TORONTO -- In what's beginning to sound like a broken record, Ricky Romero's tumultuous 2012 season continues to spiral out of control.
Unable to build off what manager John Farrell described as his best start of the season his last time out in New York, Romero was torched yet again on Sunday, turning in the shortest outing of his four-year Major League career.
Romero was tagged for seven runs and failed to make it out of the second inning in a 9-4 drubbing by the Rays in front of 18,568 at Rogers Centre on Sunday.
"There is no excuse, I've just been getting beat. You're going to see me with my head held high, there is nothing I should be ashamed of," Romero said. "Those performances have been rough."
Romero has had many shaky outings this season. But after having plenty of positives to take from his two-run, seven-inning performance at Yankee Stadium, this one is especially troubling -- something Romero admitted himself.
The 27-year-old, who was unable to record a single out in the second inning for the first time in his career, lasted one inning plus seven batters, allowing seven runs on eight hits while walking one.
Romero struggled in the first but allowed just one run before a relentless attack by the Rays forced him from the game the following inning.
The left-hander surrendered a homer to former Blue Jays outfielder Ben Francisco to start the frame, then issued a walk before allowing five consecutive hits -- including a two-run single to Ben Zobrist -- which prompted manager John Farrell to take the ball out of his hand. Romero left the mound to a mixture of applause and boos.
"It's tough to hear boos from your own fans," Romero said.
After starting the season 8-1, Romero is 0-12 in his last 13 starts -- failing to record a win since a June 22 outing in Miami. His ERA is 7.98 over that stretch, and a Major League-worst 5.85 on the season among qualified starters.
Romero has received advice from many people inside and outside of the organization, including the pitcher he opposed on Sunday, David Price, and Rays third baseman Evan Longoria. The team has tried a number of different things, but have been unable to solve his struggles.
"I feel for him. I love Ricky as a person. I know he's going through a tough stretch right now, overall," Longoria said. "I know he's battling and he's a tough guy, but he was a little bit off today."
Farrell, who called Romero's roller-coaster season a "unique situation," is hoping some extra rest will get him back on track. The team has three off-days left for the remainder of the season, and will turn to a six-man rotation later in the month.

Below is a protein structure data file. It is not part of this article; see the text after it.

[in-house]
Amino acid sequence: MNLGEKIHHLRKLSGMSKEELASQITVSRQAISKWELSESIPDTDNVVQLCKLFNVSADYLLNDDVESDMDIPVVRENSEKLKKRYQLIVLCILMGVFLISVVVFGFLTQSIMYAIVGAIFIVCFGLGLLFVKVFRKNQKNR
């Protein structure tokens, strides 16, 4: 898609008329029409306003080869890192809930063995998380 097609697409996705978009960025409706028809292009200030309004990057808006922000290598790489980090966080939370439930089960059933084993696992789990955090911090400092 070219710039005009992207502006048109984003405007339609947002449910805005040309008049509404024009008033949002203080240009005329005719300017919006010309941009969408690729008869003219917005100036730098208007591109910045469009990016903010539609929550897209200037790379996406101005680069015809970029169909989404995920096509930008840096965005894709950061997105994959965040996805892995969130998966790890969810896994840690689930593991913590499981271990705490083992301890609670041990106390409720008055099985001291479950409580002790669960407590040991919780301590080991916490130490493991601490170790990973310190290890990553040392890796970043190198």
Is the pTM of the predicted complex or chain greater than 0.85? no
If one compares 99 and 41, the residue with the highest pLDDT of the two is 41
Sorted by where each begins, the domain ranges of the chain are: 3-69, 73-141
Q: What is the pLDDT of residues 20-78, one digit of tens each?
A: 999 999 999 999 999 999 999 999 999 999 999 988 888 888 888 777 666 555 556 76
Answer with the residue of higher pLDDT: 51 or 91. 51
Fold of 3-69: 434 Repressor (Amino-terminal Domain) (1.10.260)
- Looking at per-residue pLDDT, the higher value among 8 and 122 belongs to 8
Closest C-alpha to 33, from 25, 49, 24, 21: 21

"At this point, we don't have any plans [to shut] him down," Farrell said.
"We recognize the struggles that he has had, and we also recognize that he has been a very good pitcher previous to this year. The wide swings, that's a little puzzling."
Romero, who pitched on seven days' rest before his start in the Bronx, doesn't feel he needs any extra days off.
"I'm a starter in the big leagues, and I have to be ready to go every fifth day," Romero said.
While Romero has been a victim of little run support, having entered the outing with a Major League-low 1.89 runs of support since the All-Star break. He has allowed at least six earned runs on six occasions and is averaging just over five innings pitched per outing over his forgettable 13-start stretch.
His 12-game losing streak, which is the longest in the Majors this season, is one off the club record for consecutive losses set by Tom Underwood in 1978-79.
Tabbed as the team's ace at the beginning of the season, Romero has taken a major step backward after a career year in 2011. Romero was supposed to anchor Toronto's staff after setting personal bests with a 2.92 ERA and 13 wins last season. But he now sits at 8-13, and has issued an American League-leading 90 walks, while his quality-start percentage is below 50 percent.
"It's worn on me. I was born a winner, and going through something like this, I [would] never wish [it] upon anyone," Romero said.
"You can't dwell on the past, you can't dwell on stuff that has happened. Eventually, you think that it is going to turn around. For some reason, for me it has taken a while."
Price, Tampa Bay's ace, allowed two runs over 6 2/3 innings to tie for the Major League lead with his 17th win of the season. He walked four and struck out five while lowering his ERA to 2.54 -- the second-best mark in the AL.
Down 9-2 in the ninth, Blue Jays slugger Edwin Encarnacion hit a two-run homer, his 37th of the year and third in as many days. Encarnacion, who ranks second in the Majors in home runs, has gone deep six times over his last 12 games.
The Blue Jays, losers of 10 of their past 15 at home, split their four-game set with the Rays and fell to 17-30 since the All-Star break. Toronto will continue its seven-game homestand on Monday against the surging Orioles.
Chris Toman is an associate reporter for MLB.com. This story was not subject to the approval of Major League Baseball or its clubs.